On Tuesday, both Vodacom and MTN presented their arguments in a joint case against the Independent Communications Authority of South Africa (ICASA) in which they filed an urgent interdict seeking to prevent the regulator from implementing the new mobile termination rates, the fee that mobile operators pay to carry each other’s calls.
The matter is being heard in the South Gauteng High Court where Senior Counsel Advocate Alfred Cockrell argued that MTN would make revenue losses amounting to 450 million rand in six months if the new proposed termination rates are to be implemented on 1 April.
“It's not a question of profit or loss but whether or not my client will suffer irreparable harm and the answer to that is yes," said Cockrell.
The asymmetrical rates review sees big players MTN and Vodacom pay 44 cents per minute to connect to Cell C and Telkom Mobile, while the smaller players pay 20 cents per minute more than half. ICASA says the review is aimed at sharing the profits and affording smaller players an opportunity to take part in the sector's infrastructure development.
The networks argue that ICASA has acted, "unlawfully in its discriminating against the bigger players in the interconnect market or wholesale market", said Wim Trengrove, Senior Counsel for MTN.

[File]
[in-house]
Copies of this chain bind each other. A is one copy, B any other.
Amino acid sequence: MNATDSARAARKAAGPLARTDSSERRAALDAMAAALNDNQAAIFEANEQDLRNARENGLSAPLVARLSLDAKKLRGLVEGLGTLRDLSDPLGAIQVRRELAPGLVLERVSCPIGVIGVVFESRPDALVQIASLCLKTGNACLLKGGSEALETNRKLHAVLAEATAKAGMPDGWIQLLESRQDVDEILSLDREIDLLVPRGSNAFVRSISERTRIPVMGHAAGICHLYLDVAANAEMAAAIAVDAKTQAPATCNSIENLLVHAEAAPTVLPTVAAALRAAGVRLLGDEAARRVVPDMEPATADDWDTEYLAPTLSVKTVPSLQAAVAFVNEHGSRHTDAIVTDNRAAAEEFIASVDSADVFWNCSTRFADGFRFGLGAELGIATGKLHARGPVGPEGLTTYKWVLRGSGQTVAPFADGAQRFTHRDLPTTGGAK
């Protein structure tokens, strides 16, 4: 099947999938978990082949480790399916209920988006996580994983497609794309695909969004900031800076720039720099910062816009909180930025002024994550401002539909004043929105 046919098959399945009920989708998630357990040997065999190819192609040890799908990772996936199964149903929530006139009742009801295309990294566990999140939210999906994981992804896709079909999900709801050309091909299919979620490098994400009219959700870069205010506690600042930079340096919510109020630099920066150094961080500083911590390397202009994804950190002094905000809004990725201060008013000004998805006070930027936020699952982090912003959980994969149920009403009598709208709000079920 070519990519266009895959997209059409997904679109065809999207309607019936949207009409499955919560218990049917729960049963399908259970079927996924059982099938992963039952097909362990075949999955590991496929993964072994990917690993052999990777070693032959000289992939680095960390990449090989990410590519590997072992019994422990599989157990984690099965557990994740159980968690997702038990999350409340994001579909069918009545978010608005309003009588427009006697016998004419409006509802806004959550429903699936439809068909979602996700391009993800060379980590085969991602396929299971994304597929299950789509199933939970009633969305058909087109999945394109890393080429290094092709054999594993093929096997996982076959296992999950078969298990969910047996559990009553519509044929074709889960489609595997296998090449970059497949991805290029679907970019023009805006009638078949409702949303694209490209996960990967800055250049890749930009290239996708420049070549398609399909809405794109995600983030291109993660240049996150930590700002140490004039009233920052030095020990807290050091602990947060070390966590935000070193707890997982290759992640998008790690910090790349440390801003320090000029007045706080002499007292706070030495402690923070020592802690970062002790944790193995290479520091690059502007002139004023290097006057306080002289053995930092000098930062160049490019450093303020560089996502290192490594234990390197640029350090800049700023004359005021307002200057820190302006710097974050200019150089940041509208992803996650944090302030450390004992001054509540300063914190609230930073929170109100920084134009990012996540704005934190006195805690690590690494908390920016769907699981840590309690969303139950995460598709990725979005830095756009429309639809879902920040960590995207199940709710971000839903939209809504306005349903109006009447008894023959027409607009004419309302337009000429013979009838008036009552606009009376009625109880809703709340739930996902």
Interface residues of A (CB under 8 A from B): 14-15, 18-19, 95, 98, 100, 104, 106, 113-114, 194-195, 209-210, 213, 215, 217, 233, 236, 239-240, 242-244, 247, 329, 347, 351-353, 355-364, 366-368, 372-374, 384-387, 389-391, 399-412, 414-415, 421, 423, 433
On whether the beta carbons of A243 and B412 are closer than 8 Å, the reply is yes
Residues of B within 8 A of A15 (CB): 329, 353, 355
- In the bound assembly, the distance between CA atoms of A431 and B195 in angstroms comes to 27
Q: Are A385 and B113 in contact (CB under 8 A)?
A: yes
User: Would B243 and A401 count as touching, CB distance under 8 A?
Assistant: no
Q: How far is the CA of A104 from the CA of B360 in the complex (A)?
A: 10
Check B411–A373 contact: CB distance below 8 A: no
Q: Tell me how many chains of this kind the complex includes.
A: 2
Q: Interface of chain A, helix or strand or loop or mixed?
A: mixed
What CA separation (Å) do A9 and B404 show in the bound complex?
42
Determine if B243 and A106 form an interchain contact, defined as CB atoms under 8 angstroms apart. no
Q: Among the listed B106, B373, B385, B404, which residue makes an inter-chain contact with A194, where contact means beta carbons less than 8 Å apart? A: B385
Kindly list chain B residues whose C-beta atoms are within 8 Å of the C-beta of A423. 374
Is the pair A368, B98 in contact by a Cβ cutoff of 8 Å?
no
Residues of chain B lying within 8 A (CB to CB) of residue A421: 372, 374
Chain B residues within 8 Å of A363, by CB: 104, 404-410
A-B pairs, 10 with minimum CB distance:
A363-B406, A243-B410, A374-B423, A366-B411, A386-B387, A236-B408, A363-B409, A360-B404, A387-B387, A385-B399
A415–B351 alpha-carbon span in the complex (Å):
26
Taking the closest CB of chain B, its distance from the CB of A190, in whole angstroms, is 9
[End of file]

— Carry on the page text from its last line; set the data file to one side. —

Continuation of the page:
The court heard that while discriminatory practice is acceptable in the retail market, as an attempt to create a pro-competitive environment, the same was not applicable in the wholesale or interconnect market.
MTN's legal counsel put it to Judge Haseena Mayat that asymmetry may only be used in the interconnect market when a new competitor entered the industry, and that it could only be implemented for a period of three to four years. At least one of the beneficients of the new rates, Cell C, is a decade old.
"MTN and Vodacom customers will have to pay for the subsidy granted to Cell C and Telkom Mobile," said Trengrove.
The networks questioned the model and data that was used by the regulator to determine the 2014 rates.
Vodacom Senior Counsel Fanie Cilliers also argued that ICASA, by its own admission, failed to defend their determination of the cost base price of 10cents per minute, a figure both networks say was ‘thumb sucked’ by the regulator.
The court will hear from ICASA on Wednesday, it's expected that the regulator will argue that it acted in the interest of the public.
The matter has been set down for two days ending Wednesday, Judge Mayat may reveal her findings on Friday.